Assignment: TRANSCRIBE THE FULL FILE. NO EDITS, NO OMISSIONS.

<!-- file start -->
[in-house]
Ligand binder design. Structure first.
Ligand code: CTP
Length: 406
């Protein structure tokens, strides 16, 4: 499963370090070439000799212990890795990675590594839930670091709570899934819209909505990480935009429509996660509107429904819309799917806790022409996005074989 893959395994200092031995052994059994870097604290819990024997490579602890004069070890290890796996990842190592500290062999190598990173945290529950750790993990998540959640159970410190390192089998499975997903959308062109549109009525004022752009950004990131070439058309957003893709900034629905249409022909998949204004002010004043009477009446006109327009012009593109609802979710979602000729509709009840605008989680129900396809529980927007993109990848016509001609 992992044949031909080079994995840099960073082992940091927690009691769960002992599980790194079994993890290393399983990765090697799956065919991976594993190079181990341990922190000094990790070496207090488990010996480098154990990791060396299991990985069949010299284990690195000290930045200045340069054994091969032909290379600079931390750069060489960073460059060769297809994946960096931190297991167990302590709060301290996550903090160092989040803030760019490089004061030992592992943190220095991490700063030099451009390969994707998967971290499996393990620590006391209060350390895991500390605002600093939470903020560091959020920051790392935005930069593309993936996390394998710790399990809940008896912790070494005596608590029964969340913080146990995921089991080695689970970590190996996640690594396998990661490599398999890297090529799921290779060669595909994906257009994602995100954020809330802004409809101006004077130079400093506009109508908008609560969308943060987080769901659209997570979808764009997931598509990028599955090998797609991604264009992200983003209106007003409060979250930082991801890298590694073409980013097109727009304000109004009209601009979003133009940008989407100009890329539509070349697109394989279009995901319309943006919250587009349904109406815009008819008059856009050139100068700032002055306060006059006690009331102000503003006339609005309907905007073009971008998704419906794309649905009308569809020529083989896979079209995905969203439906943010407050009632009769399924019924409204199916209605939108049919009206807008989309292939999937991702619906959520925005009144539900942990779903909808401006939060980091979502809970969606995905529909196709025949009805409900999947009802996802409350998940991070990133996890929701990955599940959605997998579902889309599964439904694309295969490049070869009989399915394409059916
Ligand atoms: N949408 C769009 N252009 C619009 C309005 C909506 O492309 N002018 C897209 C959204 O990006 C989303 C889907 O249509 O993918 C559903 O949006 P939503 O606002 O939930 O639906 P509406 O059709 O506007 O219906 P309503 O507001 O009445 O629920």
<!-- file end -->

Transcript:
[in-house]
Ligand binder design. Structure first.
Ligand code: CTP
Length: 406
């Protein structure tokens, strides 16, 4: 499963370090070439000799212990890795990675590594839930670091709570899934819209909505990480935009429509996660509107429904819309799917806790022409996005074989 893959395994200092031995052994059994870097604290819990024997490579602890004069070890290890796996990842190592500290062999190598990173945290529950750790993990998540959640159970410190390192089998499975997903959308062109549109009525004022752009950004990131070439058309957003893709900034629905249409022909998949204004002010004043009477009446006109327009012009593109609802979710979602000729509709009840605008989680129900396809529980927007993109990848016509001609 992992044949031909080079994995840099960073082992940091927690009691769960002992599980790194079994993890290393399983990765090697799956065919991976594993190079181990341990922190000094990790070496207090488990010996480098154990990791060396299991990985069949010299284990690195000290930045200045340069054994091969032909290379600079931390750069060489960073460059060769297809994946960096931190297991167990302590709060301290996550903090160092989040803030760019490089004061030992592992943190220095991490700063030099451009390969994707998967971290499996393990620590006391209060350390895991500390605002600093939470903020560091959020920051790392935005930069593309993936996390394998710790399990809940008896912790070494005596608590029964969340913080146990995921089991080695689970970590190996996640690594396998990661490599398999890297090529799921290779060669595909994906257009994602995100954020809330802004409809101006004077130079400093506009109508908008609560969308943060987080769901659209997570979808764009997931598509990028599955090998797609991604264009992200983003209106007003409060979250930082991801890298590694073409980013097109727009304000109004009209601009979003133009940008989407100009890329539509070349697109394989279009995901319309943006919250587009349904109406815009008819008059856009050139100068700032002055306060006059006690009331102000503003006339609005309907905007073009971008998704419906794309649905009308569809020529083989896979079209995905969203439906943010407050009632009769399924019924409204199916209605939108049919009206807008989309292939999937991702619906959520925005009144539900942990779903909808401006939060980091979502809970969606995905529909196709025949009805409900999947009802996802409350998940991070990133996890929701990955599940959605997998579902889309599964439904694309295969490049070869009989399915394409059916
Ligand atoms: N949408 C769009 N252009 C619009 C309005 C909506 O492309 N002018 C897209 C959204 O990006 C989303 C889907 O249509 O993918 C559903 O949006 P939503 O606002 O939930 O639906 P509406 O059709 O506007 O219906 P309503 O507001 O009445 O629920």